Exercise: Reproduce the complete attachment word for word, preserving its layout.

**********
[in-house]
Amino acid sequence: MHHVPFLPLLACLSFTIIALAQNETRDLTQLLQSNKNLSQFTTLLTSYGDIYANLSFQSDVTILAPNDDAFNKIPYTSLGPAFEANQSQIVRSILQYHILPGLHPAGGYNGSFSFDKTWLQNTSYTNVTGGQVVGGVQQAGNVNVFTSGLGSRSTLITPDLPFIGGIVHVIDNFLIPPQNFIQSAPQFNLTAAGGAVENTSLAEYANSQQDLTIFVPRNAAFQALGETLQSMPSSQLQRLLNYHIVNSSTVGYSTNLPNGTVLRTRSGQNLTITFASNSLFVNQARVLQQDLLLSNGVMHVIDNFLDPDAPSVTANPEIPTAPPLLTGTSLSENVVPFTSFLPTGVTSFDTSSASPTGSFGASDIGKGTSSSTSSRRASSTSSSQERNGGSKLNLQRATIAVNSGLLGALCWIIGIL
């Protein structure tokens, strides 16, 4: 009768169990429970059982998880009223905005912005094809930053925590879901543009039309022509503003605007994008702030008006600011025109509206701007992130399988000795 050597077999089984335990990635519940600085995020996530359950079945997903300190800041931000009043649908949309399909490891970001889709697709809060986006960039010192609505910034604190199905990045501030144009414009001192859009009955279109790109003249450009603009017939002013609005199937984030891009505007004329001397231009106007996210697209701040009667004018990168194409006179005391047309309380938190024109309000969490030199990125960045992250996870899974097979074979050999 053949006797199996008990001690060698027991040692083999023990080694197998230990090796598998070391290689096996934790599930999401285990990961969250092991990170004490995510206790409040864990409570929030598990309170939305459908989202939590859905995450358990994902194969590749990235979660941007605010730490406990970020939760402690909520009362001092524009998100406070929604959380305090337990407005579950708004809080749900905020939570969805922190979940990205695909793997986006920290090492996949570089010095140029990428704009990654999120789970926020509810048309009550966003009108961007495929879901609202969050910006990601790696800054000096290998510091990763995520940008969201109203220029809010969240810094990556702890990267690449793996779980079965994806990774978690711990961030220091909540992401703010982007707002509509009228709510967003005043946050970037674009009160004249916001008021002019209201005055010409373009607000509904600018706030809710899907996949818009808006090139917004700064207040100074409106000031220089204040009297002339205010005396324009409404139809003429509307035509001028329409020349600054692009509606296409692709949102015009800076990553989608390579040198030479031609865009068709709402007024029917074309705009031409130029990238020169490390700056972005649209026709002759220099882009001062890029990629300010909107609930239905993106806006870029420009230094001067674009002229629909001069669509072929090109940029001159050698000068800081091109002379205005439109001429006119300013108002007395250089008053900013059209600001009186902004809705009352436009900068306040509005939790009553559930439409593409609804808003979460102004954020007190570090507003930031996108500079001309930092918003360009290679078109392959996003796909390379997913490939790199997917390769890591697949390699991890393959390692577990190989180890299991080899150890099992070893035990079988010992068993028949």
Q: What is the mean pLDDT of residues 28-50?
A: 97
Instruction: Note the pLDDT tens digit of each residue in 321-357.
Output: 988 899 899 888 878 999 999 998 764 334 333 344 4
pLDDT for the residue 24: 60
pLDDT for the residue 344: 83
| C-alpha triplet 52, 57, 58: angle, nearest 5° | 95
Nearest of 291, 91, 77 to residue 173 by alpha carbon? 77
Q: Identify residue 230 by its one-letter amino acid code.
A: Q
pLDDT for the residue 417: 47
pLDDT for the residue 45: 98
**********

[in-house]
Amino acid sequence: MHHVPFLPLLACLSFTIIALAQNETRDLTQLLQSNKNLSQFTTLLTSYGDIYANLSFQSDVTILAPNDDAFNKIPYTSLGPAFEANQSQIVRSILQYHILPGLHPAGGYNGSFSFDKTWLQNTSYTNVTGGQVVGGVQQAGNVNVFTSGLGSRSTLITPDLPFIGGIVHVIDNFLIPPQNFIQSAPQFNLTAAGGAVENTSLAEYANSQQDLTIFVPRNAAFQALGETLQSMPSSQLQRLLNYHIVNSSTVGYSTNLPNGTVLRTRSGQNLTITFASNSLFVNQARVLQQDLLLSNGVMHVIDNFLDPDAPSVTANPEIPTAPPLLTGTSLSENVVPFTSFLPTGVTSFDTSSASPTGSFGASDIGKGTSSSTSSRRASSTSSSQERNGGSKLNLQRATIAVNSGLLGALCWIIGIL
């Protein structure tokens, strides 16, 4: 009768169990429970059982998880009223905005912005094809930053925590879901543009039309022509503003605007994008702030008006600011025109509206701007992130399988000795 050597077999089984335990990635519940600085995020996530359950079945997903300190800041931000009043649908949309399909490891970001889709697709809060986006960039010192609505910034604190199905990045501030144009414009001192859009009955279109790109003249450009603009017939002013609005199937984030891009505007004329001397231009106007996210697209701040009667004018990168194409006179005391047309309380938190024109309000969490030199990125960045992250996870899974097979074979050999 053949006797199996008990001690060698027991040692083999023990080694197998230990090796598998070391290689096996934790599930999401285990990961969250092991990170004490995510206790409040864990409570929030598990309170939305459908989202939590859905995450358990994902194969590749990235979660941007605010730490406990970020939760402690909520009362001092524009998100406070929604959380305090337990407005579950708004809080749900905020939570969805922190979940990205695909793997986006920290090492996949570089010095140029990428704009990654999120789970926020509810048309009550966003009108961007495929879901609202969050910006990601790696800054000096290998510091990763995520940008969201109203220029809010969240810094990556702890990267690449793996779980079965994806990774978690711990961030220091909540992401703010982007707002509509009228709510967003005043946050970037674009009160004249916001008021002019209201005055010409373009607000509904600018706030809710899907996949818009808006090139917004700064207040100074409106000031220089204040009297002339205010005396324009409404139809003429509307035509001028329409020349600054692009509606296409692709949102015009800076990553989608390579040198030479031609865009068709709402007024029917074309705009031409130029990238020169490390700056972005649209026709002759220099882009001062890029990629300010909107609930239905993106806006870029420009230094001067674009002229629909001069669509072929090109940029001159050698000068800081091109002379205005439109001429006119300013108002007395250089008053900013059209600001009186902004809705009352436009900068306040509005939790009553559930439409593409609804808003979460102004954020007190570090507003930031996108500079001309930092918003360009290679078109392959996003796909390379997913490939790199997917390769890591697949390699991890393959390692577990190989180890299991080899150890099992070893035990079988010992068993028949």
Q: What is the mean pLDDT of residues 28-50?
A: 97
Instruction: Note the pLDDT tens digit of each residue in 321-357.
Output: 988 899 899 888 878 999 999 998 764 334 333 344 4
pLDDT for the residue 24: 60
pLDDT for the residue 344: 83
| C-alpha triplet 52, 57, 58: angle, nearest 5° | 95
Nearest of 291, 91, 77 to residue 173 by alpha carbon? 77
Q: Identify residue 230 by its one-letter amino acid code.
A: Q
pLDDT for the residue 417: 47
pLDDT for the residue 45: 98